About 3/4 of orange cats are male. If my cat is orange, what is the probability that his mother was orange?To answer this question, you have to know a little about the genes that affect coat color in cats:
- The sex-linked red gene, O, determines whether there will be red variations to fur color. This gene is located on the X chromosome...
- Males have only one X chromosome, so only have one allele of this gene. O results in orange variations, and o results in non-orange fur.
- Since females have two X chromosomes, they have two alleles of this gene. OO results in orange toned fur, oo results in non-orange fur, and Oo results in a tortoiseshell cat, in which some parts of the fur are orange variants and others areas non-orange.
If the population genetics for the red gene are in equilibrium, we can use the Hardy-Weinberg principle. If the prevalence of the red allele is p and the prevalence of the non-red allele is q=1-p:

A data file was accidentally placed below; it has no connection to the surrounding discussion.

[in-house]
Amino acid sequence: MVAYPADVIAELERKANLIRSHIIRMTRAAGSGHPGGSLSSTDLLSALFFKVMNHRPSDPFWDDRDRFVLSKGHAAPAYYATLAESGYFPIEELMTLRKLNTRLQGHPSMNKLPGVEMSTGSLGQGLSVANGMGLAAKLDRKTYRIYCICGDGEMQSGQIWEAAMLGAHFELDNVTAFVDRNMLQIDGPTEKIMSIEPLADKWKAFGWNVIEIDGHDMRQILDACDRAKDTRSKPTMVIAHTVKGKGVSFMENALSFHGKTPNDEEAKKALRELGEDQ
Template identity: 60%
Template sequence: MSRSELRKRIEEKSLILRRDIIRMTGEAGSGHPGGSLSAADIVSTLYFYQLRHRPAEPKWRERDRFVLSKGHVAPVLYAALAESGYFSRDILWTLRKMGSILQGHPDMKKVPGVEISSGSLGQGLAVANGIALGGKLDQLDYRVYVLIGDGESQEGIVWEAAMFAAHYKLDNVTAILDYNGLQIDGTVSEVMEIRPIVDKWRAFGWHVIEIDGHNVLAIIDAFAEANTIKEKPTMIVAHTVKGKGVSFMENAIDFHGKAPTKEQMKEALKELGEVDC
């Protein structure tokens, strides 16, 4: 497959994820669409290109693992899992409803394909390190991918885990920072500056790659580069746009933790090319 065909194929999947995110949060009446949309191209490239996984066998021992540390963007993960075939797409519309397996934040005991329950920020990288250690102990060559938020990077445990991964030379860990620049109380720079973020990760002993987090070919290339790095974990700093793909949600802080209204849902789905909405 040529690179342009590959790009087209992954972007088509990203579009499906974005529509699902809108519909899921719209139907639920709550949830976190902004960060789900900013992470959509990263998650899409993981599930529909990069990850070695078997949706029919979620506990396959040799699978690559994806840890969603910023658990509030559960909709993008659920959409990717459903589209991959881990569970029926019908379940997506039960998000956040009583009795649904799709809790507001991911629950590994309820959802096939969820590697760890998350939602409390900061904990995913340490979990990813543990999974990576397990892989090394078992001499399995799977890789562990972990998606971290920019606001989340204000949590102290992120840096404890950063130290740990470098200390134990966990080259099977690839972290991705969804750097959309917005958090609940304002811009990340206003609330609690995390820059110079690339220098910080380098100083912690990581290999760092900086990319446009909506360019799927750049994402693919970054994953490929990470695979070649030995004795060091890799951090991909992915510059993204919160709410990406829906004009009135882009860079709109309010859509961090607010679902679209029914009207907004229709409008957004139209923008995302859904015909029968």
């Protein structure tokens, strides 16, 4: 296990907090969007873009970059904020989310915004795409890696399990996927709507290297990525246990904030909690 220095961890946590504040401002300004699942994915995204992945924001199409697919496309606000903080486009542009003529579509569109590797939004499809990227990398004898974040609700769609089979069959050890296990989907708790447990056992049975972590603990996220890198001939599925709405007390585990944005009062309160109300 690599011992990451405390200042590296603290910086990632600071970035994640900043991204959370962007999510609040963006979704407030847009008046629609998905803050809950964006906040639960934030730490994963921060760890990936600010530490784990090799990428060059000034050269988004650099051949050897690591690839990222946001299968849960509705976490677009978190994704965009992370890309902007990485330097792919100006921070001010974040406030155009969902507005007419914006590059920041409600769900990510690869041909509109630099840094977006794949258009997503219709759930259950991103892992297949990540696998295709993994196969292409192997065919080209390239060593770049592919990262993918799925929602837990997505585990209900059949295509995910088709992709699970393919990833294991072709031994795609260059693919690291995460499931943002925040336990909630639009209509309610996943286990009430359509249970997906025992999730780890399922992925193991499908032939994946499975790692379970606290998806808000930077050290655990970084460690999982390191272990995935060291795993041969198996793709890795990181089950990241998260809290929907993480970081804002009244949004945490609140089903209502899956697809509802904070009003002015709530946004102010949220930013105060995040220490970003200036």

1) The fraction of male cats that are orange is p and the fraction that are non-orange is q.
2) The fractions of female cats that are OO, Oo, and oo are p², 2pq, and q², respectively.
Finally, if we know the genetics of a mating pair, we can compute the probability of each genetic combination in their offspring.
1) If the offspring is male, he got a Y chromosome from his father. Whether he is orange or not depends on which allele he got from his mother:
2) If the offspring is female, her coat depends on both parents: